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Colorado flooding exposes risk to state's oil and gas drilling

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Andy Cross/The Denver Post/AP

(Read caption) Liquid leaks from a tank south of Milliken, Colo., last week as flood waters are started to recede.

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Torrential rain earlier in the month caused mass flooding across the state of Colorado, a state that in recent years has experienced a boom in oil and gas drilling and production due to the development of hydraulic fracturing and horizontal drilling technologies.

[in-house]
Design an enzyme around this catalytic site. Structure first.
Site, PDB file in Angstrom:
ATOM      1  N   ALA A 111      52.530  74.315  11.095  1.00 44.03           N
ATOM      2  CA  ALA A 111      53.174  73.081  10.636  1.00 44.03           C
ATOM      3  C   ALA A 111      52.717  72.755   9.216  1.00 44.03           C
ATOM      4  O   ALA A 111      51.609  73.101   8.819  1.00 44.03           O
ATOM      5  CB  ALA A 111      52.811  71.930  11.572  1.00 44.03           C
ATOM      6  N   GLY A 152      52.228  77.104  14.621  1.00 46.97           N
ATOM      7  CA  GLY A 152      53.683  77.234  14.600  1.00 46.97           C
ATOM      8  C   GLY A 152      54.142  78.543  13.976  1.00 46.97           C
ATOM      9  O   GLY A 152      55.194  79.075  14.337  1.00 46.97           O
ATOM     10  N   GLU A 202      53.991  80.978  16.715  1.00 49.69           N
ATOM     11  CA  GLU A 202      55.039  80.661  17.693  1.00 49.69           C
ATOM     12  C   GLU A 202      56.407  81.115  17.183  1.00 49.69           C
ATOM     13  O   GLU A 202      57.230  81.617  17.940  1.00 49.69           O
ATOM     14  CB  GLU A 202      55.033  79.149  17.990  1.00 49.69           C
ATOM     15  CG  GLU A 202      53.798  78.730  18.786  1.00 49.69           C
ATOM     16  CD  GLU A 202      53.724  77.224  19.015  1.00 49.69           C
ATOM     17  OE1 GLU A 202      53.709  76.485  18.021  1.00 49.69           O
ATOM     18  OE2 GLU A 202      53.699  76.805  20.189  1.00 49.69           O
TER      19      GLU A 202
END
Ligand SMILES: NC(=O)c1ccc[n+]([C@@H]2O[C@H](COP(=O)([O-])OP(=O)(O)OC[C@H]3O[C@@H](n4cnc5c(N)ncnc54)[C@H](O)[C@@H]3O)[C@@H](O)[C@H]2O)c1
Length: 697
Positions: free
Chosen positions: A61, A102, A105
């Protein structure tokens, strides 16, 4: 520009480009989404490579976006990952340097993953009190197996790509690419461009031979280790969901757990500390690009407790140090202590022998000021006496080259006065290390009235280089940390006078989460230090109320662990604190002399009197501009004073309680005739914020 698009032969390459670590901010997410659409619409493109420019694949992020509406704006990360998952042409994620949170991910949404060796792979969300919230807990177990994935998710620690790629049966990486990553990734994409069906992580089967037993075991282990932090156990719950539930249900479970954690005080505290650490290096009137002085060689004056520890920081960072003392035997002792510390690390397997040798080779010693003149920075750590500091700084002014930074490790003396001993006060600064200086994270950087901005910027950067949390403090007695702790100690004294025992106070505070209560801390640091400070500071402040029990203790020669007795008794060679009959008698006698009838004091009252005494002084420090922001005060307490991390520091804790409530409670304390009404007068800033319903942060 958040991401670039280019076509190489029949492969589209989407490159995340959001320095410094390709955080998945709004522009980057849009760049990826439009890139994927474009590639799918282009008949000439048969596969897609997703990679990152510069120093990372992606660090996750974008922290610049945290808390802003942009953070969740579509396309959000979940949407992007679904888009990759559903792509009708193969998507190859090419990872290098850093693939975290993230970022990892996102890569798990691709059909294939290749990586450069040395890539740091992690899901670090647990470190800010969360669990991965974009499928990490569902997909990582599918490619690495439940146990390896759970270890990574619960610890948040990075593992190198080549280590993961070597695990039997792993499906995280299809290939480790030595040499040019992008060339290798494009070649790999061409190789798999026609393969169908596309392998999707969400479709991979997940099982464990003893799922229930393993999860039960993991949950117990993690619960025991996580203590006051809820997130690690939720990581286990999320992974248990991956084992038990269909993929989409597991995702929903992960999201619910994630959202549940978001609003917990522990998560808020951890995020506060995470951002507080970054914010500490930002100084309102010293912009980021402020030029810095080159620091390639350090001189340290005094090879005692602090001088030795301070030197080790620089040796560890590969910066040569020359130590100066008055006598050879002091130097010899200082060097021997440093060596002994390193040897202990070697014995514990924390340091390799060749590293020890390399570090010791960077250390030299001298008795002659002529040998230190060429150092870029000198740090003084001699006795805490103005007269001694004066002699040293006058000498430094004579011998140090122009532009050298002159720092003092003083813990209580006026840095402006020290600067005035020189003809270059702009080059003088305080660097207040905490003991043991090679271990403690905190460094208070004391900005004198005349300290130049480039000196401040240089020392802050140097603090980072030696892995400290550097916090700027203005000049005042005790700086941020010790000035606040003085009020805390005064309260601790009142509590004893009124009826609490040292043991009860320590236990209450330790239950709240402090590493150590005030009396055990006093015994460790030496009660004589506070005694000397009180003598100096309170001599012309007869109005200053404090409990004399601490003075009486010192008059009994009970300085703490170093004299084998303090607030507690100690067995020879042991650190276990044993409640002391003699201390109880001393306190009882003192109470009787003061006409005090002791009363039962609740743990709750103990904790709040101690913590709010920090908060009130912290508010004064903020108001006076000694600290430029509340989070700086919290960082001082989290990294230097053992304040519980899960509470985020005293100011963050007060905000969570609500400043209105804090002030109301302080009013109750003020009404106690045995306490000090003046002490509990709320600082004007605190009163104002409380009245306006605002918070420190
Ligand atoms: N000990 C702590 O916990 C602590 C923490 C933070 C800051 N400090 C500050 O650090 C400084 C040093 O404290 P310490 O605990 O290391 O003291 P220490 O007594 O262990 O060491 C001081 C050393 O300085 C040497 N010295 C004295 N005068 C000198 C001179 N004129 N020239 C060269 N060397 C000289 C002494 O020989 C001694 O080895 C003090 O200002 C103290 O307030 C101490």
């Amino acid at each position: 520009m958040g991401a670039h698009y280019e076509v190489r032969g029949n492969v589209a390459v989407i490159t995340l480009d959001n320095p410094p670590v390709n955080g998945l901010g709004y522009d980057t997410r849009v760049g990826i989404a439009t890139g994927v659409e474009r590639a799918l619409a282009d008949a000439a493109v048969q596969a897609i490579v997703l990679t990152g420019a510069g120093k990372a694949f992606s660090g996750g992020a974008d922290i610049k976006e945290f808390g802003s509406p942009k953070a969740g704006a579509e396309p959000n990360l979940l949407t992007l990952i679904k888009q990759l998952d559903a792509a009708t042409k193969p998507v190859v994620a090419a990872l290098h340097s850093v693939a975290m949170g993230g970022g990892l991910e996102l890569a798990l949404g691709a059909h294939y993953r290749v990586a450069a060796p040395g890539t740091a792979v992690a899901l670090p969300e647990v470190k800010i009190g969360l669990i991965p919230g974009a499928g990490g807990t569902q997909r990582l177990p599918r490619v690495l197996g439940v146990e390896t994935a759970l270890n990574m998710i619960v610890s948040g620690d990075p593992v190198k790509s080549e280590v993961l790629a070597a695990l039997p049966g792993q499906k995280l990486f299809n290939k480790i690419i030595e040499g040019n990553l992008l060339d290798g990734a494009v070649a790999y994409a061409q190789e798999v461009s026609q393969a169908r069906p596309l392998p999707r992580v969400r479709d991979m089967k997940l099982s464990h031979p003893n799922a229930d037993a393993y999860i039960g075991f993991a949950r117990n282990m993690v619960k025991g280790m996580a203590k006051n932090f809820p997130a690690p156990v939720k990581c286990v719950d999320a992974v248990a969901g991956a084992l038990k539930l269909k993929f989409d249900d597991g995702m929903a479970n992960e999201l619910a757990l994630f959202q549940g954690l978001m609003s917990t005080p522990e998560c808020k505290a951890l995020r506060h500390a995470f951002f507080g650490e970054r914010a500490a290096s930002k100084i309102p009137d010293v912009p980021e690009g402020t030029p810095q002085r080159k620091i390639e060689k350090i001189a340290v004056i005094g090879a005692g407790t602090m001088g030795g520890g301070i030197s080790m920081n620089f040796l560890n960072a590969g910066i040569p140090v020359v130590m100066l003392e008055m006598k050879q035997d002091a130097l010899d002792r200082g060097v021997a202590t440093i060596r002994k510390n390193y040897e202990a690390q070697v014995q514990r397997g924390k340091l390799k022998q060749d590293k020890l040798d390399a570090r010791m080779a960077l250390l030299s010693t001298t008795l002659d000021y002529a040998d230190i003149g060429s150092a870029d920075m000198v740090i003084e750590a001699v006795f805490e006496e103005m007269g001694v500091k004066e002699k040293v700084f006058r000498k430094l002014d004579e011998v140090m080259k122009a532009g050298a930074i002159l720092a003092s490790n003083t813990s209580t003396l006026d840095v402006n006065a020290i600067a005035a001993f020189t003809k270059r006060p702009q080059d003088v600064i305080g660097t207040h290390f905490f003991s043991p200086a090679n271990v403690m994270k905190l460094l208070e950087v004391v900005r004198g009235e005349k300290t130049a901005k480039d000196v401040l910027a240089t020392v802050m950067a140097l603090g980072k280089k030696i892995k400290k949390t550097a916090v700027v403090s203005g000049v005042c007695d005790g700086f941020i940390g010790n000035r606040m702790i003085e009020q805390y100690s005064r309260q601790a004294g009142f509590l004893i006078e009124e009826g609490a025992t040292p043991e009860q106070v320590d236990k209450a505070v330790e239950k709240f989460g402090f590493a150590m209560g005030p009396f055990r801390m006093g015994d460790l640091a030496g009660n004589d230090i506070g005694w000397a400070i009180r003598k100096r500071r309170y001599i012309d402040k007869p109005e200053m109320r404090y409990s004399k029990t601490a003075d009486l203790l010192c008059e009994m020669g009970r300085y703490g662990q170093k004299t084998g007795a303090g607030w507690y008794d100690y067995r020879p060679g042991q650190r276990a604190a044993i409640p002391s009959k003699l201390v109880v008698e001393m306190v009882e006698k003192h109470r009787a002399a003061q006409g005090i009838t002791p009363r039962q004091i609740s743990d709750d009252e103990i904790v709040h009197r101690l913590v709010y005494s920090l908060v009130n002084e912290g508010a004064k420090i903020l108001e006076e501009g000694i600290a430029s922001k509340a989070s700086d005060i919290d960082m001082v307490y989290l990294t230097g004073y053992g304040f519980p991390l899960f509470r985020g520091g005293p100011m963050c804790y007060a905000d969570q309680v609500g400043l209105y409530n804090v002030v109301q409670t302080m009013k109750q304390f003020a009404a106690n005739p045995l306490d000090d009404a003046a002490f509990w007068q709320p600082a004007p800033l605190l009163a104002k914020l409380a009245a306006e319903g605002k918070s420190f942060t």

Thousands of wells have been drilled across the state, and whilst operators shut off any equipment located in flood-prone areas, so far more than 37,000 gallons of oil have spilt as a result of damage caused by the floodwater, and the states oil and gas industry is rushing around trying to clean up the leaks as fast as possible.

Many holding tanks have been toppled, spilling their contents. Dan Kelly, the vice president of Noble Energy’s department in the state, said that “there was a tremendous amount of I think earth moved in some cases to where the foundations to some of these tanks actually washed out underneath them.” 

Noble has reported four separate spills of a total of almost 9,000 gallons of oil. Kelly explained that in some areas the water has washed away the oil downstream, but in many others they are working to clean-up the spilled oil, and there are also some sites still remain inaccessible and therefore they cannot yet begin any clean-up operations.

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